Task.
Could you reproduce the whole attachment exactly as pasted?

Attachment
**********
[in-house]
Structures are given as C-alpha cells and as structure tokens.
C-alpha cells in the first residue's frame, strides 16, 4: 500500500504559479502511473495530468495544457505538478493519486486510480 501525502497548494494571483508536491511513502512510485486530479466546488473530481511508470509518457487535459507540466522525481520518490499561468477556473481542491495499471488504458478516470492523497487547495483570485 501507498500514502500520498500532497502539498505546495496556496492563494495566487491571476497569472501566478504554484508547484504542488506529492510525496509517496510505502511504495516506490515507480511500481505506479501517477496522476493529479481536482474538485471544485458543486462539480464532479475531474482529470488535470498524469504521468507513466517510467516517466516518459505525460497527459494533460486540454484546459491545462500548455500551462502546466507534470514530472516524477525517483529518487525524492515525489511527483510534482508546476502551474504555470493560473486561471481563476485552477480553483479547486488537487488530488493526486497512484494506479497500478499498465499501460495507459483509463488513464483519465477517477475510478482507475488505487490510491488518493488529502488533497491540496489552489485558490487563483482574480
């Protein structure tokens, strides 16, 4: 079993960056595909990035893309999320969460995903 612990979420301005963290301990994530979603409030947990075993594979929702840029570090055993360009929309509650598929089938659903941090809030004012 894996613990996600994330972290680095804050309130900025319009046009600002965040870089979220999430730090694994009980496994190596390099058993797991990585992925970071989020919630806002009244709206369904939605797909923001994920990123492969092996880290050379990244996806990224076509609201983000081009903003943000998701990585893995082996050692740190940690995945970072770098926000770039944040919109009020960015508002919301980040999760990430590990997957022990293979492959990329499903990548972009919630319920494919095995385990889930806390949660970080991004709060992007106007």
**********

[in-house]
Structures are given as C-alpha cells and as structure tokens.
C-alpha cells in the first residue's frame, strides 16, 4: 500500500504559479502511473495530468495544457505538478493519486486510480 501525502497548494494571483508536491511513502512510485486530479466546488473530481511508470509518457487535459507540466522525481520518490499561468477556473481542491495499471488504458478516470492523497487547495483570485 501507498500514502500520498500532497502539498505546495496556496492563494495566487491571476497569472501566478504554484508547484504542488506529492510525496509517496510505502511504495516506490515507480511500481505506479501517477496522476493529479481536482474538485471544485458543486462539480464532479475531474482529470488535470498524469504521468507513466517510467516517466516518459505525460497527459494533460486540454484546459491545462500548455500551462502546466507534470514530472516524477525517483529518487525524492515525489511527483510534482508546476502551474504555470493560473486561471481563476485552477480553483479547486488537487488530488493526486497512484494506479497500478499498465499501460495507459483509463488513464483519465477517477475510478482507475488505487490510491488518493488529502488533497491540496489552489485558490487563483482574480
């Protein structure tokens, strides 16, 4: 079993960056595909990035893309999320969460995903 612990979420301005963290301990994530979603409030947990075993594979929702840029570090055993360009929309509650598929089938659903941090809030004012 894996613990996600994330972290680095804050309130900025319009046009600002965040870089979220999430730090694994009980496994190596390099058993797991990585992925970071989020919630806002009244709206369904939605797909923001994920990123492969092996880290050379990244996806990224076509609201983000081009903003943000998701990585893995082996050692740190940690995945970072770098926000770039944040919109009020960015508002919301980040999760990430590990997957022990293979492959990329499903990548972009919630319920494919095995385990889930806390949660970080991004709060992007106007």